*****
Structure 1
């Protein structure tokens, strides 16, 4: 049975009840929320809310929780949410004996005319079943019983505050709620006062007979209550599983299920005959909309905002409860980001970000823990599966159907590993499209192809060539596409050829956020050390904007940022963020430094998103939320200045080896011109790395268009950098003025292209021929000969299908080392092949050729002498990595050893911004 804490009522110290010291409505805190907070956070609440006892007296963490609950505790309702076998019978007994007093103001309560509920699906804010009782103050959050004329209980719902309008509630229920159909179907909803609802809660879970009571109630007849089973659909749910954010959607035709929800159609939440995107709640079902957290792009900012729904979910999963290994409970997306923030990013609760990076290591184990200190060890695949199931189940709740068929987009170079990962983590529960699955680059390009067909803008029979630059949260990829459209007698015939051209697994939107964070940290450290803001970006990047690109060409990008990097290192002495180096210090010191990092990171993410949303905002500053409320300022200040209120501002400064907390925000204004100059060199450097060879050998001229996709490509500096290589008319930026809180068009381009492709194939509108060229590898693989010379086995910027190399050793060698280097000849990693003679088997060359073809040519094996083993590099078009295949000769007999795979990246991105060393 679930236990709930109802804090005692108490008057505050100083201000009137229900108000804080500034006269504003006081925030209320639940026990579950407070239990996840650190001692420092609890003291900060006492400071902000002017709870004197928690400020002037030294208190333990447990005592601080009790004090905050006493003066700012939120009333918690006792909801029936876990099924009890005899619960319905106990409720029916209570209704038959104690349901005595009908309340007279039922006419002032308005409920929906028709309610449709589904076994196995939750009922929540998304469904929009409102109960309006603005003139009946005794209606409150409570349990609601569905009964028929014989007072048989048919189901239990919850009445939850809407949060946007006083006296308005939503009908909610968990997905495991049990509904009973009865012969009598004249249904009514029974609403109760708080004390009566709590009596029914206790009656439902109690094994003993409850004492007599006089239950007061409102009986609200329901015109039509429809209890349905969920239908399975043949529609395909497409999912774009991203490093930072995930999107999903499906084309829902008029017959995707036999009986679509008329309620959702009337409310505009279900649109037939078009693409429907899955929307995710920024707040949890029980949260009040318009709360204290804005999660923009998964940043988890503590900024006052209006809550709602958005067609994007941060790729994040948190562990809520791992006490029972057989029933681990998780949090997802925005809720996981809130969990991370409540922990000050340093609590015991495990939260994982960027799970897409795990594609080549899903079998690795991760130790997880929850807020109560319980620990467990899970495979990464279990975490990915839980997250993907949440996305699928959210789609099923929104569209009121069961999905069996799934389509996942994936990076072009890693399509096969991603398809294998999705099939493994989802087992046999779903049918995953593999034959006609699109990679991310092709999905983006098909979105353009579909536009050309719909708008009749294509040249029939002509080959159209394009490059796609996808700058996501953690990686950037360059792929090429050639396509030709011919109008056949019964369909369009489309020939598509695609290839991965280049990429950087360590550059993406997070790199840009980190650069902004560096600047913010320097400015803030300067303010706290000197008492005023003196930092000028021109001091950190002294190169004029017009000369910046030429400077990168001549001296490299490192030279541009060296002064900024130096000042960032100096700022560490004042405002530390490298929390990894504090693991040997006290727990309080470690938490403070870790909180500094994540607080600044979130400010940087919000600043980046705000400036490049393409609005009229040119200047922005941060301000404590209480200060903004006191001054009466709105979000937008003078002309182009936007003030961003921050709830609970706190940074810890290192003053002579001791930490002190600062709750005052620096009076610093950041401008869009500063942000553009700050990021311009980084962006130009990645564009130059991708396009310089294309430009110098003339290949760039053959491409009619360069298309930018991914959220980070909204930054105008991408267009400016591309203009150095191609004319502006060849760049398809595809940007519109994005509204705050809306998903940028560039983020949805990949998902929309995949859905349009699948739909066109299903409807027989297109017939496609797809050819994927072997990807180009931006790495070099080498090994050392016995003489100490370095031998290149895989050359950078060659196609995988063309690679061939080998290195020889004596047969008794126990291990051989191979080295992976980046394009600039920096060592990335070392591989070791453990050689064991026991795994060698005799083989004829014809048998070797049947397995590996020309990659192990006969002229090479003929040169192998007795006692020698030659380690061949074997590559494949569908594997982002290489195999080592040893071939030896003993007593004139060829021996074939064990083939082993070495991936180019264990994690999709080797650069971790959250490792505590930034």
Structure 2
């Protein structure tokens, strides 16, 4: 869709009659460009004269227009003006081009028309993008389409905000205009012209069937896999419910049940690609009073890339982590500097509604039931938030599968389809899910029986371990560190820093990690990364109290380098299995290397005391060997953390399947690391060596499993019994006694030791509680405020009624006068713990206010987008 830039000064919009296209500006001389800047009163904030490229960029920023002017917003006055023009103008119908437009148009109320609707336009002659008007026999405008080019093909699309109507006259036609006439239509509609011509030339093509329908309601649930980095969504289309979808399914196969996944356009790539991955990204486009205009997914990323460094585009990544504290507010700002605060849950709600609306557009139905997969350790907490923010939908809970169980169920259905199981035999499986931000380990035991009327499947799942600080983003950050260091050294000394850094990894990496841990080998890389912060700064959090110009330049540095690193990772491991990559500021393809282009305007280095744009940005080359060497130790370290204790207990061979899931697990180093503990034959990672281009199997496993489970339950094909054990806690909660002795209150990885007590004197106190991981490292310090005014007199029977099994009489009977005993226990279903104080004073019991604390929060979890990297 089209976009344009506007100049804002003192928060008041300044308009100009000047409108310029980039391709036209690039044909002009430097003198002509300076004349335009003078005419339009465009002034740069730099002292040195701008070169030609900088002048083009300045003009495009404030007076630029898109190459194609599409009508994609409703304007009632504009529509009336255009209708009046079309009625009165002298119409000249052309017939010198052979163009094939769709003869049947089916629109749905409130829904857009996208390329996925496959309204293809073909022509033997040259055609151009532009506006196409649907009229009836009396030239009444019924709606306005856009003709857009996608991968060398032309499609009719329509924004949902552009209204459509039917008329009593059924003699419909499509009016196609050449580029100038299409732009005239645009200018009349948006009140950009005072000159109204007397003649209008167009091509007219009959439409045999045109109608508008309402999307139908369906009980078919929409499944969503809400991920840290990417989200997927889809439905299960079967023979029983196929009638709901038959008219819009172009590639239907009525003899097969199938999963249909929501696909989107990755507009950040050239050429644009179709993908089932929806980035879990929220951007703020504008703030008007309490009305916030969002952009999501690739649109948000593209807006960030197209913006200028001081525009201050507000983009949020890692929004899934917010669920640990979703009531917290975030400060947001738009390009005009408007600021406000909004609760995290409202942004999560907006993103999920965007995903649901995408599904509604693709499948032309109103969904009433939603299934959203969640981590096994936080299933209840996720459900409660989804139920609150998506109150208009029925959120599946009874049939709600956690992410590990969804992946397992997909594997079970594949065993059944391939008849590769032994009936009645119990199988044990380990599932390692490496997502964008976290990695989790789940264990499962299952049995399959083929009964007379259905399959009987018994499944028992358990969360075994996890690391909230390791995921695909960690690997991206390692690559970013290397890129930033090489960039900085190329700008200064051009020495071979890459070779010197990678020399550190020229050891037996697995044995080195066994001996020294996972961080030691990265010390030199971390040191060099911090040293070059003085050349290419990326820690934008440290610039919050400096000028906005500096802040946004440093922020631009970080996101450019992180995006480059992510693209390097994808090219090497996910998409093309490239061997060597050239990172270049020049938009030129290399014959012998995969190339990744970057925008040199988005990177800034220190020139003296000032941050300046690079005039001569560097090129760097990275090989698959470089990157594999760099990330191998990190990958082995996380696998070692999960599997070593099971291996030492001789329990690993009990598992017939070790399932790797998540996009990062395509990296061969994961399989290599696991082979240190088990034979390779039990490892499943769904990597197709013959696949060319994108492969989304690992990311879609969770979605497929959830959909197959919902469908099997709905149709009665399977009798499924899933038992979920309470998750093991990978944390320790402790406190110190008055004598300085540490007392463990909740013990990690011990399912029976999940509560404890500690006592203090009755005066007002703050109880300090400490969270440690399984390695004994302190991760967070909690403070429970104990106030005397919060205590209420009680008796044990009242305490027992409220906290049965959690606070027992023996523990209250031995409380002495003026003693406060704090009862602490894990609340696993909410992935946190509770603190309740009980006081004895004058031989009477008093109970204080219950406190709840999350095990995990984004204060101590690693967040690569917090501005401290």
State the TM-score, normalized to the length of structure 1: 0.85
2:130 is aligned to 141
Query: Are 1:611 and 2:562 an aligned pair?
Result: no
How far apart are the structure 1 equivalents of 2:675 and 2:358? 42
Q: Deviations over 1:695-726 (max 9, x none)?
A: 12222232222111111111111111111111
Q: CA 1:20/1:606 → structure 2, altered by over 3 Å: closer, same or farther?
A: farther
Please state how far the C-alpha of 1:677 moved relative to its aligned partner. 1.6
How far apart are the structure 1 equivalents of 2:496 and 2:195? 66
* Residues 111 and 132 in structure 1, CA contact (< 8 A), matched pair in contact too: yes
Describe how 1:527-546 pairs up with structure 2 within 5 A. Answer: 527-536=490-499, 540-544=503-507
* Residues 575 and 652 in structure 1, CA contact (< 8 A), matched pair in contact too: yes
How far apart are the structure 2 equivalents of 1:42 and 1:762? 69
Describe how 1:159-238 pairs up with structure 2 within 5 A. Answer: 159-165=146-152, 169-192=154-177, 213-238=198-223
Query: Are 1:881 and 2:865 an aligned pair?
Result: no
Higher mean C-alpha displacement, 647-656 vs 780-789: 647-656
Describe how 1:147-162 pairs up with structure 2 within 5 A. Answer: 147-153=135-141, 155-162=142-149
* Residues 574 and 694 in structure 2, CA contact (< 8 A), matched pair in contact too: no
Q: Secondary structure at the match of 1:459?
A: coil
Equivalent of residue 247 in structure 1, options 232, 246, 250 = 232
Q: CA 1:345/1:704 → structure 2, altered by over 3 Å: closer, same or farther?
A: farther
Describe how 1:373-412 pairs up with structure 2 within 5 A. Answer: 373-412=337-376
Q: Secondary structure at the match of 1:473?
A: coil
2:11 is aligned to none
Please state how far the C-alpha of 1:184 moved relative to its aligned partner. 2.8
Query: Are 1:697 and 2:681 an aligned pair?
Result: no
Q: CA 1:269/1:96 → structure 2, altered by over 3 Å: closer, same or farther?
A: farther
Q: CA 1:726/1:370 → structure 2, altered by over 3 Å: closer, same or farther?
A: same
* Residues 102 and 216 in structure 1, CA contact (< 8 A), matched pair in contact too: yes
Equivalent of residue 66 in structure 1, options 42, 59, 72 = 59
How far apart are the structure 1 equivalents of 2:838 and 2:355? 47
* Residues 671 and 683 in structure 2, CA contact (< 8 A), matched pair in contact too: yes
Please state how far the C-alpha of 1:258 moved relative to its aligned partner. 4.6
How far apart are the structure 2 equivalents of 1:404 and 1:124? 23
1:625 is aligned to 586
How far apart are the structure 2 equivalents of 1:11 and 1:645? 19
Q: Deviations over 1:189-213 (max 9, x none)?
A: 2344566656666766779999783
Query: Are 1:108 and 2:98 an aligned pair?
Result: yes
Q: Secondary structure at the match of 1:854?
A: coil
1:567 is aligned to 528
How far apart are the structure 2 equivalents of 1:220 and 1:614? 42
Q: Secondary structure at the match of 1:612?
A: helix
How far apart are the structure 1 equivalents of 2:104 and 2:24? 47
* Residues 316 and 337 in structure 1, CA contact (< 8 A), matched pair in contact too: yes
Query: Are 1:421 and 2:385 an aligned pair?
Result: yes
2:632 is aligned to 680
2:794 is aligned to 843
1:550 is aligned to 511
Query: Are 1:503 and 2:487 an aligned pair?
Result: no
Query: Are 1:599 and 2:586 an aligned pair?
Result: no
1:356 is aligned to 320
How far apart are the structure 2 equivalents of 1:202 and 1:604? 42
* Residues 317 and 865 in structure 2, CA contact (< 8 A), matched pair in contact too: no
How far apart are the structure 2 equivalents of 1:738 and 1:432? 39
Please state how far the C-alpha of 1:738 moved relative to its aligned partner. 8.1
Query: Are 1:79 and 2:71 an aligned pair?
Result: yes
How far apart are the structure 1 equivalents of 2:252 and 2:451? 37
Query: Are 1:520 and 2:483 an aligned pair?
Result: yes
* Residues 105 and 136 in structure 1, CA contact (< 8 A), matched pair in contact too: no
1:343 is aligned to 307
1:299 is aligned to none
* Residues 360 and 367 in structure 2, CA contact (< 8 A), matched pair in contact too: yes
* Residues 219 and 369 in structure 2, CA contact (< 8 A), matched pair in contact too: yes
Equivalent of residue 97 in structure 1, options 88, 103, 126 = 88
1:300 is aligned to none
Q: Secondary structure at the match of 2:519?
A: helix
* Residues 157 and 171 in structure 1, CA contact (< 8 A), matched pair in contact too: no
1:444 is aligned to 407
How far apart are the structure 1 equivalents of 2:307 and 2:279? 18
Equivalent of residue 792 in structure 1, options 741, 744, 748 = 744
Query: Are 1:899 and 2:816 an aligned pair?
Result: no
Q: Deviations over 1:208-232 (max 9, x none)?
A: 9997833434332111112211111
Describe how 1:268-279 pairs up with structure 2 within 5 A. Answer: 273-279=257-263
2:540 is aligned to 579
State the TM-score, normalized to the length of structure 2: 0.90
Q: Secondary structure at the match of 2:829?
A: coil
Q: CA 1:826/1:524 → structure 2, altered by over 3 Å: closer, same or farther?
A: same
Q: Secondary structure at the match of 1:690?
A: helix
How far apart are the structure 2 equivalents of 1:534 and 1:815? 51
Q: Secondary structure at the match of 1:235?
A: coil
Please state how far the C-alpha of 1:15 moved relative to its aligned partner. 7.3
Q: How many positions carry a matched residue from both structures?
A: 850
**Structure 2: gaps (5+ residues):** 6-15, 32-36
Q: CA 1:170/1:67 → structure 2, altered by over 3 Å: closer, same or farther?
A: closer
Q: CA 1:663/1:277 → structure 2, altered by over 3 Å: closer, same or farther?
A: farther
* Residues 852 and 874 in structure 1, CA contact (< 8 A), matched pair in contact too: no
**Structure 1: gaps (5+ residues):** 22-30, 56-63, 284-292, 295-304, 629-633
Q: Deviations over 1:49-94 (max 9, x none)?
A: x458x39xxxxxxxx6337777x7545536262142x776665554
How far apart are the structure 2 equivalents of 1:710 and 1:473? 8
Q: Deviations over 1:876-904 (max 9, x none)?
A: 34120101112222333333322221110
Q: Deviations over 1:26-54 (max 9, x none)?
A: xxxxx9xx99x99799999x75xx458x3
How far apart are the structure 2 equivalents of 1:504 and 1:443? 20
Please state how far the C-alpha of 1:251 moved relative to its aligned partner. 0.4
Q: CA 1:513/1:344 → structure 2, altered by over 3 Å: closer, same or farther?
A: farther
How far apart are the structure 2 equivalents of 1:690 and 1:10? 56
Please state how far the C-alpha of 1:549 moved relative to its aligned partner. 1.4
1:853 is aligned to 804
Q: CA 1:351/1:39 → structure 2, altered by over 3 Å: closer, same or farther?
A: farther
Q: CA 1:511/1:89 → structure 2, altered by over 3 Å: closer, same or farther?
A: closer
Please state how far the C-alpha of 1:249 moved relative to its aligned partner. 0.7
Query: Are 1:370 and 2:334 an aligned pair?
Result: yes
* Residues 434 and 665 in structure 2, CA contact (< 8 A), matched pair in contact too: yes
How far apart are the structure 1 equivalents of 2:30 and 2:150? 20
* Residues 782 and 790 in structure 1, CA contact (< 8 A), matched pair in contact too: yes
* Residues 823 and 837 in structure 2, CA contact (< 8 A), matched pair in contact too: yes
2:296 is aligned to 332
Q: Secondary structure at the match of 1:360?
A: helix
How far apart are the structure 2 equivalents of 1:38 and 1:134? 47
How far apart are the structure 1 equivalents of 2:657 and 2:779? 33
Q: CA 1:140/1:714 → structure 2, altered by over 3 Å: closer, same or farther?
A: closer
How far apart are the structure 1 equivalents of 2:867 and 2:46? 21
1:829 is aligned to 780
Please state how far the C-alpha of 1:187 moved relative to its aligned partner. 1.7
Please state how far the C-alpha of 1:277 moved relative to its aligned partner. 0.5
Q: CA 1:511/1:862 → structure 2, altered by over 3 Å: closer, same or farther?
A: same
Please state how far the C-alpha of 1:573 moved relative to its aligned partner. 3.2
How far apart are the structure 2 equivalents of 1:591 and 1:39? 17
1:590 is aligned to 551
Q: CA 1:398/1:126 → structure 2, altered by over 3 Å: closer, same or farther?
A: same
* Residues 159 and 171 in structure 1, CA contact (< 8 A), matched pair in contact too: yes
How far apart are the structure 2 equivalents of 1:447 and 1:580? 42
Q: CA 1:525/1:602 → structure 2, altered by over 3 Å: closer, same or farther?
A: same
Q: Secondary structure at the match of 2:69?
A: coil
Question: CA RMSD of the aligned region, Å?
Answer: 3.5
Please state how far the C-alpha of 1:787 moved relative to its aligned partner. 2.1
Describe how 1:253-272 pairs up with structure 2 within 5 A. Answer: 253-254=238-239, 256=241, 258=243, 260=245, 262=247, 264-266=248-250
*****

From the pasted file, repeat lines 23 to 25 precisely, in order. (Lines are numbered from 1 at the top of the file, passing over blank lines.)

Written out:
Higher mean C-alpha displacement, 647-656 vs 780-789: 647-656
Describe how 1:147-162 pairs up with structure 2 within 5 A. Answer: 147-153=135-141, 155-162=142-149
* Residues 574 and 694 in structure 2, CA contact (< 8 A), matched pair in contact too: no